FET Roundup: eGaN FETs, Next-gen SiC FETs, and “RibbonFETs” Hit the Scene
This month has been a busy one in the FET space. Here are a few FETs from EPC, UnitedSiC, and Intel that depart from traditional silicon transistors in interesting ways.
In the past few weeks, several industry-leading electronics manufacturers, including Efficient Power Conversion (EPC) Corporation, UnitedSiC, and Intel, have announced the release of new FET solutions. These new FETs promise to offer significant improvements over conventional silicon MOSFETs.
While EPC and UnitedSiC improved the capabilities of GaN- and SiC-based FETs, Intel explored a different approach to achieving faster transistor switching speeds by introducing its RibbonFET solution.
Field-effect transistors (FETs) receive current through their source terminal, regulating current flow at its gate terminal and allowing it to exit through its drain terminal. These devices are useful in high-power switching applications. Here's a roundup of a few new FETs on the market.
EPC's eGaN FET Meets High Computing Needs
In a recent EPC release, the company notes how engineers can leverage its EPC2069 eGaN FET for a range of applications, including netcom, telecom, and computing.
EPC2069 eGaN FET with a die size of 3.25 mm x 3.25 mm. Image used courtesy of EPC Corporation
Some other features of the device include:
- Power density: Up to 4000 W/in3
- Drain-to-source voltage (VDS): 40 V
- Drain-to-source on-resistance (RDS(on)): 1.6–2.5 mΩ
- High-frequency operation: 1 MHz
EPC also says the new eGaN FET includes >98 percent efficiency and has a footprint of 10.6 mm2. The size of the device makes it a candidate for high-performance and space-constrained applications.
The high power density capability of the EPC2069 also proves useful for 48 V–54 V input server designs. Because it ensures minimized reverse recovery losses and lower gate charges, engineers can select the latest EPC FET solution for high-frequency operations of up to 1 MHz.
The compatibility of the EPC2069 with the secondary side of DC-DC converters may also allow designers to meet the needs of high power density computing applications, including heavy gaming and artificial intelligence.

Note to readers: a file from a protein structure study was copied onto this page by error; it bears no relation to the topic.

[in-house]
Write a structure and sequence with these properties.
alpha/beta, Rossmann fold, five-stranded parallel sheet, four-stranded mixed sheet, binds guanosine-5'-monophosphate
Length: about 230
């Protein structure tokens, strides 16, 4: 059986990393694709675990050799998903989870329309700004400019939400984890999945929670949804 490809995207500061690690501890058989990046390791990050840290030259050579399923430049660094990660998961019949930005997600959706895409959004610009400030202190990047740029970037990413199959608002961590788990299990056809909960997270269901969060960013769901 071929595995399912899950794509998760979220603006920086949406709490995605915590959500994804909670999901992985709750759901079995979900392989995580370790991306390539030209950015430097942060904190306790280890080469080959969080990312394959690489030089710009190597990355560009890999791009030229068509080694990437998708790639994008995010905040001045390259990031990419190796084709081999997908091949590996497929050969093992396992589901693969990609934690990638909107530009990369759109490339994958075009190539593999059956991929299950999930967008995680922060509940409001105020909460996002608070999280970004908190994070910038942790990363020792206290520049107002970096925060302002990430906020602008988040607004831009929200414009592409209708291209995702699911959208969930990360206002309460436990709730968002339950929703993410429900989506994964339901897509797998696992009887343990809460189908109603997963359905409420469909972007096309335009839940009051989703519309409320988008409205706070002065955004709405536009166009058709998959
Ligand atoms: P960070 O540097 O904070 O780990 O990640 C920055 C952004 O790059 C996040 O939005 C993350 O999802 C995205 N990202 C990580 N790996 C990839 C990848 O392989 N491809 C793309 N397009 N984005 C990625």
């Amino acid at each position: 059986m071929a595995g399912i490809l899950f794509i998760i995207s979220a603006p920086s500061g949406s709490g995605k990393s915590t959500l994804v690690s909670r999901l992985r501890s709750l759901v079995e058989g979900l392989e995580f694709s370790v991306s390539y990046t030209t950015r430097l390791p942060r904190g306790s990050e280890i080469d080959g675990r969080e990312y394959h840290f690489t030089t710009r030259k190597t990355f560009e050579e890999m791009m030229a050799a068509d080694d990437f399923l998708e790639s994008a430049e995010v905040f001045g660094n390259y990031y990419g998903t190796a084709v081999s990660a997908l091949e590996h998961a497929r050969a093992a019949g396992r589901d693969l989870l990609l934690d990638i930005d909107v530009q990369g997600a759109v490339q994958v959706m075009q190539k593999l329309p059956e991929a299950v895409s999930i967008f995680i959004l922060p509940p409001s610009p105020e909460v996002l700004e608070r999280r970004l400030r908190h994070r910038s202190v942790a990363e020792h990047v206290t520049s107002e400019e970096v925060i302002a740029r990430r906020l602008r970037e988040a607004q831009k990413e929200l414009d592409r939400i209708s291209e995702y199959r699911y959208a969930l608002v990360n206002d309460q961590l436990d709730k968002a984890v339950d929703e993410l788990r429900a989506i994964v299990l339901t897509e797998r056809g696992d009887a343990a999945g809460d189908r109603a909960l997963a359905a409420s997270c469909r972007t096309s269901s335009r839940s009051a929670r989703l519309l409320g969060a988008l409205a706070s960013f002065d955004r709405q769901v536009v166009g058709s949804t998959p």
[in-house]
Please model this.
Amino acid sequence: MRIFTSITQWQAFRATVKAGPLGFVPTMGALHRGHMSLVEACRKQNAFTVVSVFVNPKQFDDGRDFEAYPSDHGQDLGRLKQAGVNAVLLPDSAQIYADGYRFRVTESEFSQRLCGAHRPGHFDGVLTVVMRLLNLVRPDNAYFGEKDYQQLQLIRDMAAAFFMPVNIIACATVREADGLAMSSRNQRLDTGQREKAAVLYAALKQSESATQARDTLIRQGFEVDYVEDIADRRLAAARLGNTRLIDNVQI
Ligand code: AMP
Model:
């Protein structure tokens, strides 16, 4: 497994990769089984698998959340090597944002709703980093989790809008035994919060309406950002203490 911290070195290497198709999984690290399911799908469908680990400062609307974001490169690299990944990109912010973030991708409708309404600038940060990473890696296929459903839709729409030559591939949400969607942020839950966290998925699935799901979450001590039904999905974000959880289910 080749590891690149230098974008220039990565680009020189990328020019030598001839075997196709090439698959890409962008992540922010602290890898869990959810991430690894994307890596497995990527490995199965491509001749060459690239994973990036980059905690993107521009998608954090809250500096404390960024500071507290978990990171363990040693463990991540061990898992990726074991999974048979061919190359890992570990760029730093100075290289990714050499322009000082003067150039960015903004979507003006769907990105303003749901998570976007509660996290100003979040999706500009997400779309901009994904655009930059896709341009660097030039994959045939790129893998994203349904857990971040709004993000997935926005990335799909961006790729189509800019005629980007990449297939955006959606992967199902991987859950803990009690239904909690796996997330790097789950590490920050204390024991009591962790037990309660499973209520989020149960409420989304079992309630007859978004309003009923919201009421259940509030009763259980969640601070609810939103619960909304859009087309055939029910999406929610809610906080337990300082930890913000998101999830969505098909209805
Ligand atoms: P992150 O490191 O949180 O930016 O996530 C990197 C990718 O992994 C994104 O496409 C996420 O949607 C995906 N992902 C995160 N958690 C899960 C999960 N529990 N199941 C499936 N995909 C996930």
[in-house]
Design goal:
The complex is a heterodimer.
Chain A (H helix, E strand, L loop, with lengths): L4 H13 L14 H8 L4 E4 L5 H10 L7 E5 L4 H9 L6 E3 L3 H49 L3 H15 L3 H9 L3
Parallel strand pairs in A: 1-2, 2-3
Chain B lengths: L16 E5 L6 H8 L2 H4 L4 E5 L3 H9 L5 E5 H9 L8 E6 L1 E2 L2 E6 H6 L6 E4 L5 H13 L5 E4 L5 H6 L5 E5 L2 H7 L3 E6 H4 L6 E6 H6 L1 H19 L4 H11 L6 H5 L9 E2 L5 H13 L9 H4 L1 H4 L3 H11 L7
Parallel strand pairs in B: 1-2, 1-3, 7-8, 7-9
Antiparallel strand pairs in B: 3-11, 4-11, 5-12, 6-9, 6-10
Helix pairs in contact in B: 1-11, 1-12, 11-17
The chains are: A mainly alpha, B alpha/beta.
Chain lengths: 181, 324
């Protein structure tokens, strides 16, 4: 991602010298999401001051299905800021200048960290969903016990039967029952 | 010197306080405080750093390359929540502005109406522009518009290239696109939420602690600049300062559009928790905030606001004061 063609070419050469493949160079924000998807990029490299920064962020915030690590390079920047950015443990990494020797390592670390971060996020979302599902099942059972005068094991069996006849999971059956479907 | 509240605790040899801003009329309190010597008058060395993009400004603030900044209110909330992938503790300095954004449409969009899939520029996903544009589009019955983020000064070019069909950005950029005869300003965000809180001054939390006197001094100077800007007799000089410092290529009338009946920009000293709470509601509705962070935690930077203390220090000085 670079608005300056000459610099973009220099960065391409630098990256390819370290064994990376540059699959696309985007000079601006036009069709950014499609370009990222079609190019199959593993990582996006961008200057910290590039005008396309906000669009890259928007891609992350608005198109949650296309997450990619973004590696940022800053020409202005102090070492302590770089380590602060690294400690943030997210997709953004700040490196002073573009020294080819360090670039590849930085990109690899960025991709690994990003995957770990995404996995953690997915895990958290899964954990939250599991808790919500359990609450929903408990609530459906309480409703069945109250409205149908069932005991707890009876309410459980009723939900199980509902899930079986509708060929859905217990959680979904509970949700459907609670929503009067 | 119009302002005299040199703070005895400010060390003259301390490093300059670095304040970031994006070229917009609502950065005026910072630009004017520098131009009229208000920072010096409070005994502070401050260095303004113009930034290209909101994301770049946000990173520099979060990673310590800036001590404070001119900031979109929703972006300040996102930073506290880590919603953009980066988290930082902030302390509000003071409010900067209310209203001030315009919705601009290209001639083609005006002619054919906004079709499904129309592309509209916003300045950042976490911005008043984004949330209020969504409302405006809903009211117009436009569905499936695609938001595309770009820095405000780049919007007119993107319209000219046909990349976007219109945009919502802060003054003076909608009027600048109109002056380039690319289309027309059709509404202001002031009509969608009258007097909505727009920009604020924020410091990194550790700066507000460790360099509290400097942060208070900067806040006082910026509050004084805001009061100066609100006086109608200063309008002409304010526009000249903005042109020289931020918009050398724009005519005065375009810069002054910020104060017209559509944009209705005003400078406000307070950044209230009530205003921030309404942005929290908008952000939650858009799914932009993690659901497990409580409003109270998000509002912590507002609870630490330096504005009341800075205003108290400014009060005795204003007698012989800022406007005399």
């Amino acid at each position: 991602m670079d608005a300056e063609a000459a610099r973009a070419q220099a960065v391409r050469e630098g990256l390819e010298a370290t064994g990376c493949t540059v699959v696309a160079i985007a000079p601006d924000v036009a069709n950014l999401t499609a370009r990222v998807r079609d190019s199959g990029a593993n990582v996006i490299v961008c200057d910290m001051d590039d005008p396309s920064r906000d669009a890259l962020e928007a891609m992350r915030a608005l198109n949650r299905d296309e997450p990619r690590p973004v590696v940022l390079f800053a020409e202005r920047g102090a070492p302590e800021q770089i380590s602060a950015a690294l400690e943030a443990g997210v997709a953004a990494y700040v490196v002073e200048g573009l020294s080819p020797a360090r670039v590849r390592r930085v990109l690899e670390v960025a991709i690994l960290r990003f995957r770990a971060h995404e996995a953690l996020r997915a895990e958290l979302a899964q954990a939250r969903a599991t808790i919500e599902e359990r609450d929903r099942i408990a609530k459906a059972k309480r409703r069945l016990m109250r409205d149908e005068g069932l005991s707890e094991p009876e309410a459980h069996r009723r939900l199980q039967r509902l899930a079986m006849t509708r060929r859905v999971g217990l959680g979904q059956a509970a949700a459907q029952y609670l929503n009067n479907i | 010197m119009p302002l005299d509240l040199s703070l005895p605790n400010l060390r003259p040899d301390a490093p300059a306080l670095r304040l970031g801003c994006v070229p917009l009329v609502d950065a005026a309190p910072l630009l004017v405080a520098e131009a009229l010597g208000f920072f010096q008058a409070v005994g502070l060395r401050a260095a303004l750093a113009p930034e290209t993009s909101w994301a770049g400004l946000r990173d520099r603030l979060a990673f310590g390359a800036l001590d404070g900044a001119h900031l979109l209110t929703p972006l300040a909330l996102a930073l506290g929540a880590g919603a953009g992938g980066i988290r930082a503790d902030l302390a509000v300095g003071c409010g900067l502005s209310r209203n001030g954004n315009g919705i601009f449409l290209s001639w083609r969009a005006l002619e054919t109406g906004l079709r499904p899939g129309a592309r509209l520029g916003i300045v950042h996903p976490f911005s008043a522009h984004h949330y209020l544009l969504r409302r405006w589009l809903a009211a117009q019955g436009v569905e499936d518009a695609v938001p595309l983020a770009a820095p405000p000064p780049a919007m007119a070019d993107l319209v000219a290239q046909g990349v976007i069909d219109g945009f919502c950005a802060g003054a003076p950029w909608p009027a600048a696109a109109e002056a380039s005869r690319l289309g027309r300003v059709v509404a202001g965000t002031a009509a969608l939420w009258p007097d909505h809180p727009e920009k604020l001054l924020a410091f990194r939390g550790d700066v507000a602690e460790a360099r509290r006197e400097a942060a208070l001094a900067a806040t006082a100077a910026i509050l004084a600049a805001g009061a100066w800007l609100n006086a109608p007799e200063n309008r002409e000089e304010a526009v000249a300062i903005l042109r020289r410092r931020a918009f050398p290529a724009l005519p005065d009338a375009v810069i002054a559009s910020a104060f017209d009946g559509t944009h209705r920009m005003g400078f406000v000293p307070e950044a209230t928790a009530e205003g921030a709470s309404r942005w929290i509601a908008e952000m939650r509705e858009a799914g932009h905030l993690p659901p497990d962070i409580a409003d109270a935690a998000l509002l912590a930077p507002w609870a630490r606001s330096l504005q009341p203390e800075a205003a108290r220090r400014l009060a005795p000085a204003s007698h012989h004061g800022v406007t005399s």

UnitedSiC's Gen 4 SiC FETs for Hard Switching
This month, UnitedSiC announced the release of its Gen 4 SiC FET series. The devices offer a low RDS(on) of 6 mΩ, providing a short-circuit-withstand time rating of 5ms. The series comprises 6, 9, 11, 18, 23, 33, 44, and 58 mΩ rated 750 V SiC FET devices, which come in TO-247-4L packaging.
UnitedSiC Gen 4 SiC FET solution. Screenshot used courtesy of UnitedSiC
The silver-sinter die attachment and wafer-thinning technologies of the UnitedSiC Gen 4 FET series minimize die-to-cast thermal resistance and maximize power output for various applications.
Because of the Gen SiC FET series' strong voltage drop and recovery speed capabilities, engineers can incorporate these FETs into hard switching operation-intensive applications. UnitedSiC says these devices yield significant improvements with on-resistance and switching efficiency, making them well-suited for applications including AC/DC and DC/DC conversion, power factor correction, energy inverter-based uni- and bi-directional power conversion, and electric vehicle charging.
Intel's RibbonFET to Replace FinFET Technology
At Intel's Architecture Day this year, the company discussed its new RibbonFET transistor architecture, which offers significant improvements over the existing FinFET technology by Intel. This industry-first implementation of gate-all-around architecture allows designers to maximize driving current control, switching efficiency, and performance regardless of the voltage.
Additionally, designers can alter the width of RibbonFET’s highly flexible ribbon-based channel to suit several high-performance applications.
Planar vs. FinFET vs. RibbonFET. Image used courtesy of Lam Research
A common challenge with current FET technologies is their inability to meet the increasing need to scale down to 5 nm nodes. RibbonFET solves this roadblock by offering a single stack of nanoribbons that serve as its channel, significantly lowering its footprint for space-constrained designs.
Intel says that by integrating RibbonFET and other power-related solutions, engineers can improve computing performance for several workloads.
RibbonFET performance compared to FinFETs. Image used courtesy of Intel
The RibbonFET's single stack of nanoribbons can achieve the same drive current as multiple stacks in existing FinFET technology while offering a significantly smaller footprint. Since designers can alter the width of the flexible ribbon-based channel, they can incorporate the RibbonFET technology into various switching, amplification, and driver applications.
Silicon MOSFETs vs. New FET Technologies
Compared to conventional silicon MOSFETs, the latest FET technologies offer higher performance, power densities, and switching efficiencies. Unlike conventional SiC MOSFETs, the latest Gen 4 SiC FET technology from UnitedSiC offers better recovery speed and forward voltage drop, reduced thermal resistance, and consequently, maximized output power.
The EPC2069 FET offers a comparatively higher switching frequency, higher efficiency, and a smaller footprint than its silicon counterparts, which results in lower switching losses, zero reverse recovery losses, and higher power density.
Similarly, RibbonFETs offer highly flexible channels that accommodate more power-intensive applications. The gate-all-around FET architecture allows for higher driving current control, which is absent in conventional silicon MOSFETs.